Recording and post-production

My advice to emerging podcasters who have no home recording experience is to make the production phase of the episode as simple as possible. Sure, using effects, editing and voice-overs to create impressive audio montages is a reasonable desire, but let’s face it: these are complications that can be safely avoided in informal podcasts without radio dramas ambitions. For recording and editing software (DAW in technical jargon) you don’t need to spend a euro: who has a Mac can use Garageband (a program with an electric guitar icon to know); users with a Windows PC (or Linux ) can download it Audacity. Both are fairly intuitive software: anyone less familiar with computers can learn the basics in half an hour. The suggestion here is to turn to Youtube: you will find dozens of tutorials explaining the basics of each program, how to set a new track, how to start recording or how to export a recorded MP3.

Publishing

After recording an episode, the next step is to create the podcast itself. The distribution infrastructure is complex and there are many technical details that can make you lose, from the creation of RSS feeds to subscribing podcasts on various platforms, from the division of files into chapters, to the definition of metadata for each episode. The good news is that to publish your podcast you don’t have to know any of this, because some services already do everything for you: just sign up, create a podcast and define the basic information, continue to load new episodes, write the title and description and publish.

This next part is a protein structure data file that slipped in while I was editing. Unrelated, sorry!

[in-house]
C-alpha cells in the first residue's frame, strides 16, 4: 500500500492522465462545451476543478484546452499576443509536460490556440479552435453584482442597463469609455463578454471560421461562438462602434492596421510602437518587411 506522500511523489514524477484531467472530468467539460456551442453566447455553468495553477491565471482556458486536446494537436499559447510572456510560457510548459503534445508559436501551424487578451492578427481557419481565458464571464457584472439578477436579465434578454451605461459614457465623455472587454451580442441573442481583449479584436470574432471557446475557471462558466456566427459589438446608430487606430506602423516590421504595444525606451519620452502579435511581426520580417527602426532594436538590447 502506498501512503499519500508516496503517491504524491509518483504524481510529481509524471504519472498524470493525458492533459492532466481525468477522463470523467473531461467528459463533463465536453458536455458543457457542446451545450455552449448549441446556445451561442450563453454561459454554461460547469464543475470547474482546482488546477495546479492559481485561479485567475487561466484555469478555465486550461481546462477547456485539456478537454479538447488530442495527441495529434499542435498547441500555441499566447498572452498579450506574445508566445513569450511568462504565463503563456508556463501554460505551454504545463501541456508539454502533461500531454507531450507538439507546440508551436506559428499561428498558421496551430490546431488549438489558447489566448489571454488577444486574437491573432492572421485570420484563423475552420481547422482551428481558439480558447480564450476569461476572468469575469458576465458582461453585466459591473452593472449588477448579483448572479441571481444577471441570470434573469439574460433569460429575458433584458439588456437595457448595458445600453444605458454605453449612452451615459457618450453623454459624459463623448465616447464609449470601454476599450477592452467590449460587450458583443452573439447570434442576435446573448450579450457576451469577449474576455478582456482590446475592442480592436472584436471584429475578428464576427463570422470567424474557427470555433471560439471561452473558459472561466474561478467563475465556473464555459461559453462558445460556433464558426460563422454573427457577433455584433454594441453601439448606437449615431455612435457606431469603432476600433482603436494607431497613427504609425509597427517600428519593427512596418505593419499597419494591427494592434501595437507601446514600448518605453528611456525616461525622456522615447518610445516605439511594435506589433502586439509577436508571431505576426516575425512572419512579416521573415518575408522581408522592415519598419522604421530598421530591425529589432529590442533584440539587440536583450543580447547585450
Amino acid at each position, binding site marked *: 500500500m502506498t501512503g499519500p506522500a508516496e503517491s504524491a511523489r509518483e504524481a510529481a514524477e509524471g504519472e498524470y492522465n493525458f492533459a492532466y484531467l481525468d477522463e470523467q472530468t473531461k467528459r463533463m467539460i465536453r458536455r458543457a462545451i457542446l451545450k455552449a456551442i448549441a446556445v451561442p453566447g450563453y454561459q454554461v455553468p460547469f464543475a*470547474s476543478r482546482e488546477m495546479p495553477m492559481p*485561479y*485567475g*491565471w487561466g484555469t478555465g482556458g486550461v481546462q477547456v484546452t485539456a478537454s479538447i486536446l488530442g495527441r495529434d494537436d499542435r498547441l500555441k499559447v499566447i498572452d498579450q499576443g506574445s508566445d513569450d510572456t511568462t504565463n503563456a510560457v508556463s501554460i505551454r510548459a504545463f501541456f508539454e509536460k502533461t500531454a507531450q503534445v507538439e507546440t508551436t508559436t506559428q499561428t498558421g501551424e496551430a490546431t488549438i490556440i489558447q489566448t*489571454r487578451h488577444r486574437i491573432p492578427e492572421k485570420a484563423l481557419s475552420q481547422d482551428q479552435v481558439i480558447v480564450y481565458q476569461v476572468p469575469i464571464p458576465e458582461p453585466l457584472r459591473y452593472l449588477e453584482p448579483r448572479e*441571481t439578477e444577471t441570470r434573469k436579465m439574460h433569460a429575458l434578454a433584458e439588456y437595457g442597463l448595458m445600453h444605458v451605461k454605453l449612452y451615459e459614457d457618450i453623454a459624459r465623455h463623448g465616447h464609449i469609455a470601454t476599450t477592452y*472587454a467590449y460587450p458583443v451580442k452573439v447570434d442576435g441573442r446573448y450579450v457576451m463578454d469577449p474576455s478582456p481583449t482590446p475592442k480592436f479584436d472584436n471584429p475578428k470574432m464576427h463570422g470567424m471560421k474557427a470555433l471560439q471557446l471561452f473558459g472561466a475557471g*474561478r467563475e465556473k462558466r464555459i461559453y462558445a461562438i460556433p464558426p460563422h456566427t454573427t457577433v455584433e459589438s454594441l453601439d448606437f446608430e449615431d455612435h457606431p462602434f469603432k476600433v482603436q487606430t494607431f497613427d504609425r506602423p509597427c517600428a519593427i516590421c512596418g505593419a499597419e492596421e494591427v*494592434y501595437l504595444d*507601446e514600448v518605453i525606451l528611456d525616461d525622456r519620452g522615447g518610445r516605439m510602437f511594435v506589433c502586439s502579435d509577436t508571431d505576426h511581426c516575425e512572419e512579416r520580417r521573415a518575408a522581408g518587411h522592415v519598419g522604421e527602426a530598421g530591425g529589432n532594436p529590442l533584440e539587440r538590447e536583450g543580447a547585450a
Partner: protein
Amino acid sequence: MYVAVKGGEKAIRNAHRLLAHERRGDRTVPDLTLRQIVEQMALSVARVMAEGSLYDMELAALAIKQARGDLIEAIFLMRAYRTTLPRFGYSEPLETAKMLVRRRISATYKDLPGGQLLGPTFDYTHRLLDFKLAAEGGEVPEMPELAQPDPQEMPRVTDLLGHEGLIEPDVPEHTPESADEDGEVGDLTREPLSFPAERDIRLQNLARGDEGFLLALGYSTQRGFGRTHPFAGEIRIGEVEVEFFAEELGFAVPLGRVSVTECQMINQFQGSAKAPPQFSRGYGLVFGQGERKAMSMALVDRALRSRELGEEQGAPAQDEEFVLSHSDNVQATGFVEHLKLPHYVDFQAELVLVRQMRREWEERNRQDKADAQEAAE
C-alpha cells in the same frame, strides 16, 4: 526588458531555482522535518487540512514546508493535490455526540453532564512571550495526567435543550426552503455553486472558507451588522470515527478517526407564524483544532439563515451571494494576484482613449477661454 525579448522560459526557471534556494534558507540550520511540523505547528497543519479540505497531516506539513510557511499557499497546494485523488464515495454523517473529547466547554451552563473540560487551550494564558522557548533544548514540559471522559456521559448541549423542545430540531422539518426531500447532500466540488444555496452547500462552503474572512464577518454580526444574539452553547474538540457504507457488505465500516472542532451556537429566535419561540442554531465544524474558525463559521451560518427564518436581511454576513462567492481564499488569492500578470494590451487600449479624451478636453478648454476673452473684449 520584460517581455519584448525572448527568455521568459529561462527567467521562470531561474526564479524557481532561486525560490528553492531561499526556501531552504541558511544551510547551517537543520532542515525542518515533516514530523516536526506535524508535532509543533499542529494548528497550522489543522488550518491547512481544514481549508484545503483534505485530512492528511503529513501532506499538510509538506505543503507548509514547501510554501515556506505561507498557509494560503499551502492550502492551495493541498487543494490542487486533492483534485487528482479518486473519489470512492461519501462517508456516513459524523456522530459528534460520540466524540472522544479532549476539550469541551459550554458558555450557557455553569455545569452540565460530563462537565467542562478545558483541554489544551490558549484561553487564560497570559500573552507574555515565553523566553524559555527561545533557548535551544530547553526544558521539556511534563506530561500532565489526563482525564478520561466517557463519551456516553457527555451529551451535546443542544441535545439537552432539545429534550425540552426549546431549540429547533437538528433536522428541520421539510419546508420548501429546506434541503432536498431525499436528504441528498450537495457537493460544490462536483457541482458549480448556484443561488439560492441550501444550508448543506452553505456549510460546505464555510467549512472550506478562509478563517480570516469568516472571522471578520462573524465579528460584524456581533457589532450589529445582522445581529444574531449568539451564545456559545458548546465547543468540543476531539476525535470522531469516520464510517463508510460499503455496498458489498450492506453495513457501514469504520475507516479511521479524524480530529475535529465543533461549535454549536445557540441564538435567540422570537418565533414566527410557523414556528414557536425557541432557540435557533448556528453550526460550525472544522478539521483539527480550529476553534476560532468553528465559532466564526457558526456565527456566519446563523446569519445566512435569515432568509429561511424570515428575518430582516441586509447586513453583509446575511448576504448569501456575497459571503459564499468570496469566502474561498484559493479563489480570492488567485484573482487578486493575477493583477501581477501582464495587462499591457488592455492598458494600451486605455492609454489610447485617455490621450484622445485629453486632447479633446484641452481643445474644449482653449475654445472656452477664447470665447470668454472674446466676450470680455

One of the most popular platforms is called Spreaker (fans will know it for the podcasts that produces and distributes) and is free for episodes of up to 15 minutes (with $6 per month the limit passes to 45 minutes and you can enter ads). Another popular and easy-to-use platform is Anchor.fm: easy, colourful, fun: I’ve tried it a lot in the past and it works very well. The other option is Soundcloud, which also offers a free plan with time limits. Soundcloud is primarily known as a platform for independent musicians, but thanks to the availability of a public RSS feed you can also take advantage of it for podcasts. In this case, an additional step will be needed, namely the manual registration of the feed in the directories of Apple Podcast, Spotify, Pocketcasts and other distribution platforms. Through this link the platforms will be able to recover the web location of the audio file and show the bets on the page of our podcast. The latter is a solution that I recommend you not to recommend to absolute beginners, who will be more comfortable with all-inclusive solutions such as Spreaker and Anchor, in fact. We cite for duty of chronicle between the other options also Transistor (very good), Blubrry and Libsyn, that however they are used above all in America, are available only in English, and offer only plans to payment thought for a professional public.